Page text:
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Here’s some food for thought: what if someone in Shanghai offered you a tasty fee to buy a slice of cake in Hong Kong and bring it back across the mainland border for them?

Sound like a piece of cake?

Well, it was a relatively easy way to make a fast buck until the Shanghai border authorities stepped in and warned that this particular form of daigou – or contract buying – is strictly off limits.

Daigou is a Mandarin term (pronounced ‘dye-go’ in English) for the common Chinese practice of buying goods abroad “on somebody else’s behalf” and bringing them back into China in return for a fee. Normally, the advantage of the system is that buyers are getting a much lower price – even with the (often significant) daigou charge factored in – for products ranging from infant formula to designer handbags.

However, in this slightly unusual case, price wasn’t the issue.

The problem was the intolerable queues sweet-toothed Shanghai residents were faced with at their new branch of Lady M, the New York-based luxury cake maker. Unwilling to line up for hours at the hugely popular outlet in IFC Mall, but prepared to pay well over the odds for the much sought-after gateaux and pastries, they turned to daigoufor help.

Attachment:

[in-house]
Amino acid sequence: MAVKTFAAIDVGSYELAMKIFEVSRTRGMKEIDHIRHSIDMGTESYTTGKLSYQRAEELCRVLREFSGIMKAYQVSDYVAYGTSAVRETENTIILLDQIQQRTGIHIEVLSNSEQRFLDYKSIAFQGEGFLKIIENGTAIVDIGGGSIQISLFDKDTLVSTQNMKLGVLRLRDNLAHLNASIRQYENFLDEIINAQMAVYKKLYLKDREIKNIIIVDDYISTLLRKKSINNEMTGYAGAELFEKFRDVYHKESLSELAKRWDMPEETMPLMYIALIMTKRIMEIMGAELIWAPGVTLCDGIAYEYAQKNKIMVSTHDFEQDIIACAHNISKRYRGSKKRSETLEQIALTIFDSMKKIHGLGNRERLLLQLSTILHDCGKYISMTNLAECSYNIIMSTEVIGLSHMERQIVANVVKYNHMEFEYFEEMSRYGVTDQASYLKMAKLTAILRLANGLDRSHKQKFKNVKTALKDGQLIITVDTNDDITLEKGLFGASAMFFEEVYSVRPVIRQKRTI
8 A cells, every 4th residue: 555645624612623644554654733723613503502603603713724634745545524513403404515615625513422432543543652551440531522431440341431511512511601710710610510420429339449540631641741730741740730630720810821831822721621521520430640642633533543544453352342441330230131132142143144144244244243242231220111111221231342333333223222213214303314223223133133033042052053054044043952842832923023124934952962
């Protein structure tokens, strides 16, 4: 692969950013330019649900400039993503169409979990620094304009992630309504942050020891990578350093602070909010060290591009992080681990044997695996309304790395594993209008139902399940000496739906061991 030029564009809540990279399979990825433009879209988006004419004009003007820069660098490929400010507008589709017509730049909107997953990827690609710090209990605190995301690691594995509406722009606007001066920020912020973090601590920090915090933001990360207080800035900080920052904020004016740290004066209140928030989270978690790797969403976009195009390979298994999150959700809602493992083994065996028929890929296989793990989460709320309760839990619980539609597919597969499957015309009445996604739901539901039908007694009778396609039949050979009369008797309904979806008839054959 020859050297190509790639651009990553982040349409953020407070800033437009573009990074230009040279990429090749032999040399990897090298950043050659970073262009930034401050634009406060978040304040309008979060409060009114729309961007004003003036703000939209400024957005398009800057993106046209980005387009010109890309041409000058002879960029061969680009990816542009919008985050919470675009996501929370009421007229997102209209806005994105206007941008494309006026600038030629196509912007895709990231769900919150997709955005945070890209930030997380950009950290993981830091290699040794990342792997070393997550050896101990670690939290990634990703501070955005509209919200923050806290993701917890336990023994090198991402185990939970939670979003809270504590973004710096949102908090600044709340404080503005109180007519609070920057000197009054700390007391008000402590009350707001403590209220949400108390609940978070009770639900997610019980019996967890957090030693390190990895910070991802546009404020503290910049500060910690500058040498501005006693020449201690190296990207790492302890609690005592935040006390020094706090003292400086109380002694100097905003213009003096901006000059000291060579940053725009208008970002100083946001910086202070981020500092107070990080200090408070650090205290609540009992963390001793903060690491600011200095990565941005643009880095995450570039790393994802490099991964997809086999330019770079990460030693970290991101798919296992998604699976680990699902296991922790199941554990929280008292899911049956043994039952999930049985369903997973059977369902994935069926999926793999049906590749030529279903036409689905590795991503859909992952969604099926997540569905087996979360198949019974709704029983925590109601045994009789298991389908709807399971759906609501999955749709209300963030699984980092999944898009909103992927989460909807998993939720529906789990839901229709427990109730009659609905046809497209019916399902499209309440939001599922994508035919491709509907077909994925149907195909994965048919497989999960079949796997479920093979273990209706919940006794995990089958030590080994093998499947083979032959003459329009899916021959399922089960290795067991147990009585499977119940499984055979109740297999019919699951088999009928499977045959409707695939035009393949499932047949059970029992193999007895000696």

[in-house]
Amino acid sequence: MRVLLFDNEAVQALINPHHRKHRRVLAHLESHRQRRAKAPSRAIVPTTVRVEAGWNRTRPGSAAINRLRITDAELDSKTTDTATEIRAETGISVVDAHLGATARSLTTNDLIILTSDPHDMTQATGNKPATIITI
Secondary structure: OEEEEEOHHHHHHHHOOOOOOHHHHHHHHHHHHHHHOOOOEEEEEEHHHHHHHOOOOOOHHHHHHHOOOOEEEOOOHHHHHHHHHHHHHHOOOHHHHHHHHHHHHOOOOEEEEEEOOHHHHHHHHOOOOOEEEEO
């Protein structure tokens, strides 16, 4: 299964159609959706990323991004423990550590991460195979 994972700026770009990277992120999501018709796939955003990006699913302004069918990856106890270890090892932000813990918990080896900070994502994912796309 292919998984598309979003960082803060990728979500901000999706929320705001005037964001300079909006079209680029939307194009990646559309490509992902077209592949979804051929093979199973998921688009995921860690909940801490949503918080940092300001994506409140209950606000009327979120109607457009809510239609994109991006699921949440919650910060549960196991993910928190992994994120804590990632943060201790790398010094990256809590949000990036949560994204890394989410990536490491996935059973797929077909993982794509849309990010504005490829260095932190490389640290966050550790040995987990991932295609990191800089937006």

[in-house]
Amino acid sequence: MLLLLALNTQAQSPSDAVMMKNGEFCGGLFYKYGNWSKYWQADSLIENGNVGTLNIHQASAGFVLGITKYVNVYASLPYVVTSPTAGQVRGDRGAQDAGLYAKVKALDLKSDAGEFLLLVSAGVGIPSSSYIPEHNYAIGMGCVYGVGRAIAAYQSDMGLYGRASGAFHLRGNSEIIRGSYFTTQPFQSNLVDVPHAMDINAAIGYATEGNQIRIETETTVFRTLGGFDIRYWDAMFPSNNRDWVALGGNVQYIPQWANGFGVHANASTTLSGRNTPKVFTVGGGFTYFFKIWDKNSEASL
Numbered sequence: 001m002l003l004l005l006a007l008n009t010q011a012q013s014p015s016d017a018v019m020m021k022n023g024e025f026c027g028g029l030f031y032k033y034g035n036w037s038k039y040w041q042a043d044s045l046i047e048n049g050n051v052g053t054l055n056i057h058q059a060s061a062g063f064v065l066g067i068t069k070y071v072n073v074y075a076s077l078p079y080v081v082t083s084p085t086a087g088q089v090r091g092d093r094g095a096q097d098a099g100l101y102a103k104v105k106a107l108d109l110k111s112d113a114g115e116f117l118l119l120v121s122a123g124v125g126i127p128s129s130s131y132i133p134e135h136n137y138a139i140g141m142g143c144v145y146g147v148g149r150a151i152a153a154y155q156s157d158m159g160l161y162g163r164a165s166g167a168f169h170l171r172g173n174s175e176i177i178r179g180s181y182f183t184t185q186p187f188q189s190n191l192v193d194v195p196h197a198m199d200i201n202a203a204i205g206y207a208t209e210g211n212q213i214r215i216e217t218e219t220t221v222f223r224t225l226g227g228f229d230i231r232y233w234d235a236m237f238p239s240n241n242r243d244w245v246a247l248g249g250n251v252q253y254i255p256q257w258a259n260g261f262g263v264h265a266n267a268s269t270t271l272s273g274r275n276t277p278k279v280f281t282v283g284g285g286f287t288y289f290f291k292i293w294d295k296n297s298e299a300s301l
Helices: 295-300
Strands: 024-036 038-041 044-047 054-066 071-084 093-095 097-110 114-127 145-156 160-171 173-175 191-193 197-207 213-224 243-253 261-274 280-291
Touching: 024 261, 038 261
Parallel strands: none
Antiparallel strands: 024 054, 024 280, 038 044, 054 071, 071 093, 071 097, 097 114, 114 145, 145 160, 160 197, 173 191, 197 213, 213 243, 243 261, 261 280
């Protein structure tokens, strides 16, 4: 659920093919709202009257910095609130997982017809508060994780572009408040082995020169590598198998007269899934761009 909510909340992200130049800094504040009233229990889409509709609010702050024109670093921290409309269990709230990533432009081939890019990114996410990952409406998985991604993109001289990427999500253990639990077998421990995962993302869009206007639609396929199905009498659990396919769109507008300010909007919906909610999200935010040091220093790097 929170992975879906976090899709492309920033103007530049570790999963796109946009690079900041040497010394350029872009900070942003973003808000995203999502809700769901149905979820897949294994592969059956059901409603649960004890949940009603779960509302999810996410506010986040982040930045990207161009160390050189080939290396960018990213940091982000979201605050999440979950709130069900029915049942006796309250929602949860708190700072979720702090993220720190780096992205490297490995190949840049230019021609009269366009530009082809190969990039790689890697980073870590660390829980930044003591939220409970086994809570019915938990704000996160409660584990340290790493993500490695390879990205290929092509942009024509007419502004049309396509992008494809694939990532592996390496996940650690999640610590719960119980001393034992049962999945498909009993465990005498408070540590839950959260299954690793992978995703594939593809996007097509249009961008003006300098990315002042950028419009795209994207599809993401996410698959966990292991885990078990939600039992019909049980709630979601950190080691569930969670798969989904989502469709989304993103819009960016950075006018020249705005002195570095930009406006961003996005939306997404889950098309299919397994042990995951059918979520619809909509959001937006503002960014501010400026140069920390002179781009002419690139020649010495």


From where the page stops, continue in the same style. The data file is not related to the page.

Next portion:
So keen were they to get their hands on – or teeth into – the famous patisserie’s produce, they would pay between 65 yuan (US$10) to 80 yuan per slice for the privilege of having their dessert brought over from Hong Kong. That’s roughly the cost of the cake itself.

Even with such a steep premium the daigou cake service was, for many, an attractive alternative to waiting in line for hours. Hong Kong has two Lady M outlets, one in Causeway Bay and one in Tsim Sha Tsui.

The tactic had become popular since Lady Ma opened in Shanghai in early September and became an instant hit, with eager throngs of customers jostling to be served.

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